SANTIAGO, Chile -- Playing without suspended star Neymar, Brazil defeated Venezuela 2-1 Sunday in its final group game to reach the Copa America quarterfinals.
Thiago Silva scored with a volley in the 9th minute off a perfect delivery from a corner by Neymar's replacement Robinho. Roberto Firmino added the second in the 52nd, hammering home a cross from Willian.
The loss in Group C eliminated Venezuela, which got an 84th-minute goal from Miku.
The final match in qualifying set up the quarterfinal pairings with Chile vs. Uruguay on Wednesday, Bolivia vs. Peru on Thursday, Argentina vs. Colombia on Friday and Saturday's match pitting Brazil against Paraguay.
Barcelona's Neymar was banned for four games after a 1-0 loss to Colombia on Wednesday. Angry with the defeat, Neymar kicked a ball at a Colombia player, and also appeared to head-butt another player.
CONMEBOL, the governing body of South American football, said the referee's report also showed he insulted the referee after the match and grabbed him by the arms.
Brazil seemed to play better without Neymar, at least early in the first half. Robinho and Philippe Coutinho, who replaced midfielder Fred, gave Brazil more attacking.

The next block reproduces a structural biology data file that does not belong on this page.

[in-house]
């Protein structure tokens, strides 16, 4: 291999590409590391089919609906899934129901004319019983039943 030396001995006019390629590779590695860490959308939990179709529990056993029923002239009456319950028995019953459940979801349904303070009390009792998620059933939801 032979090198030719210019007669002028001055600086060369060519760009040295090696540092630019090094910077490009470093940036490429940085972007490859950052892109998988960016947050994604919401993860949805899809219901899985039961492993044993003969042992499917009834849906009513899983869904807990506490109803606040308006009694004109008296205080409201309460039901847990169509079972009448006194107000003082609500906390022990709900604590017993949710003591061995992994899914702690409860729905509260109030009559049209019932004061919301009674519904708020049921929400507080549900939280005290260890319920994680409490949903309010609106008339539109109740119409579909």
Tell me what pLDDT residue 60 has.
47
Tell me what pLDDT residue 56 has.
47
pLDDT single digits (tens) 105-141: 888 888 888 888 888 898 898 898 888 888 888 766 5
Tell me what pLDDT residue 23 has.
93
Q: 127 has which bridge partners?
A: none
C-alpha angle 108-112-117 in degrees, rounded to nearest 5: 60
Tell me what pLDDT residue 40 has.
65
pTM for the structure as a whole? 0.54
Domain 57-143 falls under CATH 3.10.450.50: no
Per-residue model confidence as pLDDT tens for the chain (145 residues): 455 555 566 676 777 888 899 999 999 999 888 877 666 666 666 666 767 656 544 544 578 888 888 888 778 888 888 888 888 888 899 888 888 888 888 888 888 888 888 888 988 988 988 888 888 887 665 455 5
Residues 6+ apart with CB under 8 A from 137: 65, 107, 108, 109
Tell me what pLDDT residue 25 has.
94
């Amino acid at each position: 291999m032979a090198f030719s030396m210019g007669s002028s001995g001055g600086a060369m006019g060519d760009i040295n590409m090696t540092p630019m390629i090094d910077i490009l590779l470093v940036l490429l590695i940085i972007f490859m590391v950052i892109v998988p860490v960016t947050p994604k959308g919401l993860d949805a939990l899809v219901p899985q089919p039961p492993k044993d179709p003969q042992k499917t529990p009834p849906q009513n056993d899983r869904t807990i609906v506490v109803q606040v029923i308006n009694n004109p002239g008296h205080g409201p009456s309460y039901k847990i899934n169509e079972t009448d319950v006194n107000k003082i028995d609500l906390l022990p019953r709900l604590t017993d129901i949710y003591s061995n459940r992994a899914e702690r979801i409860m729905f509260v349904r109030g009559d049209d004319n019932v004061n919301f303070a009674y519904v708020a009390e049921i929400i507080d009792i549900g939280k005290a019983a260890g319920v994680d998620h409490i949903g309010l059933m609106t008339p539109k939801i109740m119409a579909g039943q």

After scoring, Silva raced to the sideline and waved to Neymar, who was sitting in the stands wrapped up under a blue winter cap. He was jeered by Venezuela fans on a chilly night in the South American winter.
Brazil had a couple chances just after Silva's goal with Robinho and Filipe Luis looking dangerous. But the attack stalled through most of the first half.
Willian was stopped by Venezuela keeper Alain Baroja on a point-blank shot in the 39th.
Venezuela had its best chance in the 44th when Gabriel Cichero looped a shot from the left which went just wide of the far post.
Brazil started the second half quickly. Coutinho had a chance in the first minute with Firmino's goal minutes later sealing the outcome.
Venezuela made it close in the 84th. Brazil keeper Jefferson dove to meet Juan Arango's free kick, tipping it off the post with Miku heading it home.
Five-time World Cup champion Brazil is hoping to recover its reputation in this tournament, still stinging from a humiliating 7-1 loss to Germany in last year's World Cup semifinals at home. It has looked ordinary in three group matches in Chile, a shadow of Brazilian teams that were once feared.
Brazil still remains a co-favorite with Argentina, with Chile, Colombia and defending champion Uruguay also viewed as contenders.